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May 31st 1917 - Letter from Arthur Sladden to his father, Julius Sladden

31st May 1917
Correspondence From
Arthur Sladden
Correspondence To
Julius Sladden, Seward House, Badsey
Relationship to Letter Addressee
Text of Letter



My dear Father


I was glad to have your letter of 18th and have since received from George copies of Cyril's and Wilfred Brown-Constable's letters; these I have sent on to Mary to be returned to you.


I have been told I am to get a move soon, but at present am not expecting it for a month or so, and of course I do not know where I shall go to.


The great event here lately has been the arrival of an American hospital unit. They are taking over No 9 completely but there is a transition period as they want to learn the many details necessary for running the unit on British lines. They are a very lively lot and I think are settling to it well. I am continuing to do my work in the No 9 lab at present for the above reason, and may do so until new equipment arrives and we can found a new lab for this hospital.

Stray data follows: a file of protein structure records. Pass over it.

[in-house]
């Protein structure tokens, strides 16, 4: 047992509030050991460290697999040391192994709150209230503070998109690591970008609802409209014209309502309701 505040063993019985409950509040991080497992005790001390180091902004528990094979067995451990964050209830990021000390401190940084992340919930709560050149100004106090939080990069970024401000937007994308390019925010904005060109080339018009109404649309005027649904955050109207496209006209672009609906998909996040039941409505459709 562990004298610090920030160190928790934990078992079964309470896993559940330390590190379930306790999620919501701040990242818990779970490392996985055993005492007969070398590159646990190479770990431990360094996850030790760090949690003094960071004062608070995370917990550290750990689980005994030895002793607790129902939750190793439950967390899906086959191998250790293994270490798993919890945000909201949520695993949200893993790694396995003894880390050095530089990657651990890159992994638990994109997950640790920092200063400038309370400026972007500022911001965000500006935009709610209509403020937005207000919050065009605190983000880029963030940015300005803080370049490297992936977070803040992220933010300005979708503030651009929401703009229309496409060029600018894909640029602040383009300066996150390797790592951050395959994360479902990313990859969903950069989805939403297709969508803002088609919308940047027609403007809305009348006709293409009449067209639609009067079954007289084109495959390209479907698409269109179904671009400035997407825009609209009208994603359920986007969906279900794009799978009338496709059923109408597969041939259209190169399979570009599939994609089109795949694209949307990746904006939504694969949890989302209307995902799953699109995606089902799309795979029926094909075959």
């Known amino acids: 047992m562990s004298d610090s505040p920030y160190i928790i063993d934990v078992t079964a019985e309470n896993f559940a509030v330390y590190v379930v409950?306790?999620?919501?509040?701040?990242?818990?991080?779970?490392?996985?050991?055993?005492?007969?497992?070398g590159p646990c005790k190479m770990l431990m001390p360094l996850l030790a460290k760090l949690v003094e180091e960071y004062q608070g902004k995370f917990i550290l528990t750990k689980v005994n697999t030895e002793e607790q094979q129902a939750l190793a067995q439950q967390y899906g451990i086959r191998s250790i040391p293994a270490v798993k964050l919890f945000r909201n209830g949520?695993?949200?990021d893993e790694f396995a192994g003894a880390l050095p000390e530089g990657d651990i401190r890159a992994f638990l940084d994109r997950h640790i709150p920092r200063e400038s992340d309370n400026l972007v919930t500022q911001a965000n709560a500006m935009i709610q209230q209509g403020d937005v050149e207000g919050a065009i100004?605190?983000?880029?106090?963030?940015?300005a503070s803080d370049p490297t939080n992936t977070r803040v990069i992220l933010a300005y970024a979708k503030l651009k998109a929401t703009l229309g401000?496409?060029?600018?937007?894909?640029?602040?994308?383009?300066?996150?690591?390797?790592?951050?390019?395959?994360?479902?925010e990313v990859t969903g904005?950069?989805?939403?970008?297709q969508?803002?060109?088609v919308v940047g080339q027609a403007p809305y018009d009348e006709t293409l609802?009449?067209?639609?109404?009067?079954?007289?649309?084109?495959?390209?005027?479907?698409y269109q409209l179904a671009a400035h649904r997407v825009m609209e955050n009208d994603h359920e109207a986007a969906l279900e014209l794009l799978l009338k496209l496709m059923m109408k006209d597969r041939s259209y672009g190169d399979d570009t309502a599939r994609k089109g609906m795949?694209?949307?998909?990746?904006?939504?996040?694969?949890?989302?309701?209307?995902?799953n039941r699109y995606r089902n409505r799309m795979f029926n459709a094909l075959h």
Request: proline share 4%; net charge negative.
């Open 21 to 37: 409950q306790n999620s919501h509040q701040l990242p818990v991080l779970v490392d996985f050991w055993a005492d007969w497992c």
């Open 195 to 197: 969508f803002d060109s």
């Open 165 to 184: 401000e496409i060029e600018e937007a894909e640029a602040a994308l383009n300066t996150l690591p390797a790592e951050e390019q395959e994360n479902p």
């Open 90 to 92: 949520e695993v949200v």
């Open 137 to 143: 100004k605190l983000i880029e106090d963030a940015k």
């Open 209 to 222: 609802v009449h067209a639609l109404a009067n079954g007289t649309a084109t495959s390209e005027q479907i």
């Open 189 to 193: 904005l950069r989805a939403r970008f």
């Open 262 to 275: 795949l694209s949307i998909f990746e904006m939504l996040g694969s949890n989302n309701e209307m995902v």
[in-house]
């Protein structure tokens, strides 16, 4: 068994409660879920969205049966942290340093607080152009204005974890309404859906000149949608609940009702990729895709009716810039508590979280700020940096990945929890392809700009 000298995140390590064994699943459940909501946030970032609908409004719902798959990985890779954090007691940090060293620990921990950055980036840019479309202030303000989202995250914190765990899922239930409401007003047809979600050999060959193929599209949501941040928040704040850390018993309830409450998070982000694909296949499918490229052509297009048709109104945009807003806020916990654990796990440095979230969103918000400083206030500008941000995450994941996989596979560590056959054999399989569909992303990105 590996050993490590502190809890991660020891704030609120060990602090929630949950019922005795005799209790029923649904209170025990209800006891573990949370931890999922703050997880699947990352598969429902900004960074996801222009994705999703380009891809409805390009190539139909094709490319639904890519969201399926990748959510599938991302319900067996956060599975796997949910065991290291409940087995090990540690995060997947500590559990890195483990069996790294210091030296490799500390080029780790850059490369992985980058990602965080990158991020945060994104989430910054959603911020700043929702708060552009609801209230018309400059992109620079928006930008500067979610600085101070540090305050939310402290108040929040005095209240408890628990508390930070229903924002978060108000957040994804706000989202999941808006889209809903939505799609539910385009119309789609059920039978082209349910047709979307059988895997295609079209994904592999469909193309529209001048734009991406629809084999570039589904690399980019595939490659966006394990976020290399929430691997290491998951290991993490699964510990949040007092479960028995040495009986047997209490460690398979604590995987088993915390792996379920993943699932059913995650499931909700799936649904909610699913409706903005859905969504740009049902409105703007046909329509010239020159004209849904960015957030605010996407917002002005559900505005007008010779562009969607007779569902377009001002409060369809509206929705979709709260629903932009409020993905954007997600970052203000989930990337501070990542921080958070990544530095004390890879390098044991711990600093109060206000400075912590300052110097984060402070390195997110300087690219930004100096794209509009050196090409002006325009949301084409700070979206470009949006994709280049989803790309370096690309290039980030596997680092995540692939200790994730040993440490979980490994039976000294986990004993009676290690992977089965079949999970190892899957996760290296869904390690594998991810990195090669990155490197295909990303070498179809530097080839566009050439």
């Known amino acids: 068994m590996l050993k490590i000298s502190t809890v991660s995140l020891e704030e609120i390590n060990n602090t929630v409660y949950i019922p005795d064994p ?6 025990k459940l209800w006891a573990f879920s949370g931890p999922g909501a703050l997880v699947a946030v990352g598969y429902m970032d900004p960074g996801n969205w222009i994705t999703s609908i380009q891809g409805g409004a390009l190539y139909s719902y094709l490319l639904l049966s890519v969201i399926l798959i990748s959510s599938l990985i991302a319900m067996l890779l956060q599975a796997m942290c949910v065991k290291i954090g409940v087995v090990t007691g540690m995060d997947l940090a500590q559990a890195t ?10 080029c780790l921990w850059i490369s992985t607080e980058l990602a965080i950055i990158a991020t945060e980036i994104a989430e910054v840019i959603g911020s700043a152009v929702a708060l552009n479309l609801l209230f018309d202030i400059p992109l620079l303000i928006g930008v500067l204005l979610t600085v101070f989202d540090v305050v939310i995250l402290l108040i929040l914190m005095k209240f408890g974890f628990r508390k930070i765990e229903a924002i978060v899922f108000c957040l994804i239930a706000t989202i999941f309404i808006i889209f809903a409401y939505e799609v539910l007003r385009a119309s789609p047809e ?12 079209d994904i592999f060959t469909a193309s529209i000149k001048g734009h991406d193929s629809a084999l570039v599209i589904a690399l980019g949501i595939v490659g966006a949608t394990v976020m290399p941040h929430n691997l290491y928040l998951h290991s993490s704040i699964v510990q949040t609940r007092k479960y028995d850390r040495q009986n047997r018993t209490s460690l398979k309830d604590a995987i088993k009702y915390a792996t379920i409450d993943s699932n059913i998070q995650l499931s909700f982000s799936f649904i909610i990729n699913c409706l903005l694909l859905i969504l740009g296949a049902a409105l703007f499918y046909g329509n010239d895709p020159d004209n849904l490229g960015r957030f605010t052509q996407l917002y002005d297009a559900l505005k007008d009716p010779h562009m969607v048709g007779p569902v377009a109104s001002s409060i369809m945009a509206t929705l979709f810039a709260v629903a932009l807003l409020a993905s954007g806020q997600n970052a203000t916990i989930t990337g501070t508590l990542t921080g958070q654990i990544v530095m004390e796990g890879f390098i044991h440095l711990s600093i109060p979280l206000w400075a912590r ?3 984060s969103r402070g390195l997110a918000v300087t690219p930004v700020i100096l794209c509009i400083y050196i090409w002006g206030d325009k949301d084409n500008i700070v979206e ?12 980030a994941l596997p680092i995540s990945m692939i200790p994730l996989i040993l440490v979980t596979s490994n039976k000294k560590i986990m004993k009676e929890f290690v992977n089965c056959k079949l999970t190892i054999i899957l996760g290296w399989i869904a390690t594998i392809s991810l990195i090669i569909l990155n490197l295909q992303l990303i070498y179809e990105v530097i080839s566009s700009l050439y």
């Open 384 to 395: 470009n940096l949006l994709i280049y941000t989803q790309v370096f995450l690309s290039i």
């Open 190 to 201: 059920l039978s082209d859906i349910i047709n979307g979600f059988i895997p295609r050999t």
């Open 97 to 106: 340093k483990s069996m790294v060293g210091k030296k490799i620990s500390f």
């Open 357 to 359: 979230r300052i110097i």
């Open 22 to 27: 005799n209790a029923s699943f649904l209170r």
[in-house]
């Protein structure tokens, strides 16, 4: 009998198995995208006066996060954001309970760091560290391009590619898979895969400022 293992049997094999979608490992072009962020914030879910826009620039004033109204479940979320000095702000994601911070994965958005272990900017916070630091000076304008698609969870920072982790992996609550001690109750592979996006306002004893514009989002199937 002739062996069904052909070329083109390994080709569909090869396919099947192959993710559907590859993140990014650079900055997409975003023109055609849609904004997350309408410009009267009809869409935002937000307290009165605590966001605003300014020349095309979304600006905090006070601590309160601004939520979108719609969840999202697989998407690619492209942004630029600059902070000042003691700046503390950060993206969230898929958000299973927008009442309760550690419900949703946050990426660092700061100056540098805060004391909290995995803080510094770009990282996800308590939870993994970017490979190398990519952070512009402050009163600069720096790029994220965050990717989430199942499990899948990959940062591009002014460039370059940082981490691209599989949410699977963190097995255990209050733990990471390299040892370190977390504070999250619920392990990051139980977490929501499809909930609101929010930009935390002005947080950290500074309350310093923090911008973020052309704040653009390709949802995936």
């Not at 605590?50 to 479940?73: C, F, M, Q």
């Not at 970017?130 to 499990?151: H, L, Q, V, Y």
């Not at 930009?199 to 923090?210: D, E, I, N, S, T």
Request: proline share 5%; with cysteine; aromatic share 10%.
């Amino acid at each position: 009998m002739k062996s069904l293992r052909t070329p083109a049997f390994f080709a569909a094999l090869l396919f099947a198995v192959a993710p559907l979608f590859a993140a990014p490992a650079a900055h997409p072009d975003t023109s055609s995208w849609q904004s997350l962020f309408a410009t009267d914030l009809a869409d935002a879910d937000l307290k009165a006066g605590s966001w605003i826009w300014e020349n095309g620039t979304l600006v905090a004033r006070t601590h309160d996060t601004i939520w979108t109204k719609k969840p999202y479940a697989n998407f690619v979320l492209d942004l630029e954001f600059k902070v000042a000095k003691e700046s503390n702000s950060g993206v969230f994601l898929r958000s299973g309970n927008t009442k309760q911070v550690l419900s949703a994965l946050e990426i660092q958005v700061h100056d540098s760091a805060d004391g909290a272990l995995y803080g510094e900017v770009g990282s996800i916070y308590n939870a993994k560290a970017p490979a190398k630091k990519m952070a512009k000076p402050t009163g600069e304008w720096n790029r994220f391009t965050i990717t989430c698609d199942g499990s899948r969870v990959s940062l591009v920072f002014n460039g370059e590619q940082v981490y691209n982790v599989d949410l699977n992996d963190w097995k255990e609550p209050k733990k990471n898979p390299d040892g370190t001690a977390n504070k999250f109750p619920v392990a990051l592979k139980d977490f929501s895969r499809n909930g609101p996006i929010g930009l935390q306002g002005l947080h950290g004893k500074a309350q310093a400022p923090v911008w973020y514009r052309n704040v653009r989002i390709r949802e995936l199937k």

I had a letter from Aunt recently telling me Tom was in hospital here with some skin trouble. But he's so far away that so far I've had no chance to go over and see him.


I hope you were able soon to get news from Folkestone and that Aunt Lottie came to no harm; that was a particularly despicable raid, and the failure to oppose it in any way was not good. If it had been some inland town not specially liable to attack one would have been less surprised.


We are all having a course of gas training here just now, very interesting and the methods of defence used are most engenders and effective.


I hope labour unrest will be wisely dealt with, a greater degree of decentralisation appears desirable in the munitions organisation. I am glad an enquiry is being instituted at once into the whole matter.


We continue to get warm moist weather and crops must be making up lost time very rapidly. The apple crop here promises to be enormous.


I hope June will show greater improvement in the submarine figures - they are lower but not low enough yet. I don't think we have heard the last of big naval actions yet however.


I hope Aunt Edith will succeed in getting the house she wants, and also in getting her goods transported, that must be difficult these days.


With love to all.


Your affectionate son


Letter Images
Type of Correspondence
Envelope containing 2 sheets of notepaper
Location of Document
Worcestershire Archive and Archaeology Service
Record Office Reference